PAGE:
The Mardi Gras Indians Will Be Marching Tomorrow, Fat Tuesday, February 16, 2010

The Mardi Gras Indians, which constitute “tribes” like the Creole Wild West, the Golden Comanches, the Wild Tchoupitoulas (pronounced CHAP-IT-TOO-LAS), and the Wild Magnolias, will be marching tomorrow in different parts of New Orleans, and meeting up in one central area in the black community. Once, they used to march down South Claiborne Avenue in the same area where the overpass and the Super Dome now sit. All those homes were destroyed, but still they–the people–remain. You’ve probably seen them on trips to New Orleans; working class black men who sew fantastic costumes in order to mask and to prance down the street with their families and friends for one day out of the year.

The black Indian founder of the Spiritual Church of New Orleans, Mother Leafy Anderson (who was also born near Baraboo WI), had them march not only at Mardi Gras, but on March 19, which is St. Joseph’s Day, and my birthday. She also taught some to revere the spirit of Black Hawk, the warrior chief of the famous Black Hawk War of the 1830s, the one in which Abraham Lincoln participated. While some of these men can indeed boast of Native American ancestry, not all can. They are thankful that Native Americans sheltered them from slave catchers, and taught them how to survive in the wilderness, and even brought them into their families. The tradition of the Mardi Gras Indians does not come from Buffalo Bill’s Wild West shows near the turn of the last century as some historians have thought. It begins way before that time, around the late 1830s.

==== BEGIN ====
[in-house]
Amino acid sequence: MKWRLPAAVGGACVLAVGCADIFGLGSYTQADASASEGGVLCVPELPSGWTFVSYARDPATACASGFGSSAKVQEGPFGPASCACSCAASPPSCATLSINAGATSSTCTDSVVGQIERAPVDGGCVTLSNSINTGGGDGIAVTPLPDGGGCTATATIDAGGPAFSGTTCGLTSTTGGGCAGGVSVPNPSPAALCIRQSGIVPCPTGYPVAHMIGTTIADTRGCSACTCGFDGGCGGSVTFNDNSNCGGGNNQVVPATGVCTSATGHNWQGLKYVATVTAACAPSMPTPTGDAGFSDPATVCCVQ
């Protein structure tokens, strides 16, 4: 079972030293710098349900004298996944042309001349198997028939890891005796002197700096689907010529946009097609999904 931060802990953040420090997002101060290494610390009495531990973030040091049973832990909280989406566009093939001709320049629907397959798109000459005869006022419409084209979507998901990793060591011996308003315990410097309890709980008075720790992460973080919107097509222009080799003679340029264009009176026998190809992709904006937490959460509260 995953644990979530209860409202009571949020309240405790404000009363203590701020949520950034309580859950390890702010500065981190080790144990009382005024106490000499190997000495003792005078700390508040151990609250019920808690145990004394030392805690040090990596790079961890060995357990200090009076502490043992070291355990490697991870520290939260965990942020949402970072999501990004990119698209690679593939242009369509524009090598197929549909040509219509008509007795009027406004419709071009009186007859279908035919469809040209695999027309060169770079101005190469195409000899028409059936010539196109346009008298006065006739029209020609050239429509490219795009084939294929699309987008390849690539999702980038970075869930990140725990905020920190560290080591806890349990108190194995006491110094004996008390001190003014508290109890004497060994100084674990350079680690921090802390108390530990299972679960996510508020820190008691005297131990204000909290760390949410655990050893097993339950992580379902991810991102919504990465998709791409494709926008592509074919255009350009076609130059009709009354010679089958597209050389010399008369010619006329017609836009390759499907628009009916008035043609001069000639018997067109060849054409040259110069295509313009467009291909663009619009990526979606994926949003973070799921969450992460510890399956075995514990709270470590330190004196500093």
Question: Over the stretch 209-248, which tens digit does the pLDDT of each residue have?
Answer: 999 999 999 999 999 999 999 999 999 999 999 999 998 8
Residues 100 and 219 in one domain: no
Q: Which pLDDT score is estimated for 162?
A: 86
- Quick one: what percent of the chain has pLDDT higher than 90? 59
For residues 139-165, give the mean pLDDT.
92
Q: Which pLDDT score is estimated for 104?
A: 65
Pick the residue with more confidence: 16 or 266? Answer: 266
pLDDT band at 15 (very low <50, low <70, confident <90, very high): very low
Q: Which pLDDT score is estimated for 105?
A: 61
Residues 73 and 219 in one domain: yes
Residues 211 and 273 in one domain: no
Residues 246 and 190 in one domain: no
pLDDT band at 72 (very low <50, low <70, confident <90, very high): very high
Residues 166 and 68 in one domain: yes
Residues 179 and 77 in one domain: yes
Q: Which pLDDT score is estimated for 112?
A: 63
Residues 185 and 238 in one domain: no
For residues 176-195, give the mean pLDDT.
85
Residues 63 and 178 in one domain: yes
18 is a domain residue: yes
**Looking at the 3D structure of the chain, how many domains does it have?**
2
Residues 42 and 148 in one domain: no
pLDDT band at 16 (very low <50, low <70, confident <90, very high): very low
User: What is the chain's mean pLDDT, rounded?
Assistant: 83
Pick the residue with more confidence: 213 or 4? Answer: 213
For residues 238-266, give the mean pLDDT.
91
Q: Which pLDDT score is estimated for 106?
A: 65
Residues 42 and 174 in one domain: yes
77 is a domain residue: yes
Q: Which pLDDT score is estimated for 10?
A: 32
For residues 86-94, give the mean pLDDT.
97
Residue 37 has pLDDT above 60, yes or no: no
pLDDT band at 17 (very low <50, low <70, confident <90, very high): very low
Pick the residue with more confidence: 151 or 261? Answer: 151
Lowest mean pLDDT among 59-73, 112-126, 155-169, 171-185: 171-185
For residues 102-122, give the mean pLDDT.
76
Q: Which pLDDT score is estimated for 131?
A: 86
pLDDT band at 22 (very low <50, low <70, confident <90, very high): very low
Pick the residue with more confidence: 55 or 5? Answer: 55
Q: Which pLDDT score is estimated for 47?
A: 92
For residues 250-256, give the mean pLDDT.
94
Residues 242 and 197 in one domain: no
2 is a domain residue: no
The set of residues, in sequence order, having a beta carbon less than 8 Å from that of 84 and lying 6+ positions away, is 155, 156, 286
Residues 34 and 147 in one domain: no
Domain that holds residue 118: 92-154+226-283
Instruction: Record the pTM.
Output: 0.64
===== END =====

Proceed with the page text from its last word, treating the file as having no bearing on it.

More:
Above is the story of one of those tribes.

Below is what occurs during Mardi Gras Day, early in the morning, when another particular tribe starts out.

Vodpod videos no longer available.

More about the preparations–and the sacrifices–the Indians make each year here. More about the traditions, the characters in a tribe (the spy-boy, flag boy, and big chiefs, and what it means to mask Indian), and photos and videos. Home of the Groove presents Mardi Gras Indians who have produced their own music. And live stream WWOZ-FM 90.7 that will present Mardi Gras music and events live. This is how black people remain in New Orleans–through their homegrown culture. Anything else is just fake.

Laissez les bon temp roulez!

~ by blksista on February 15, 2010.

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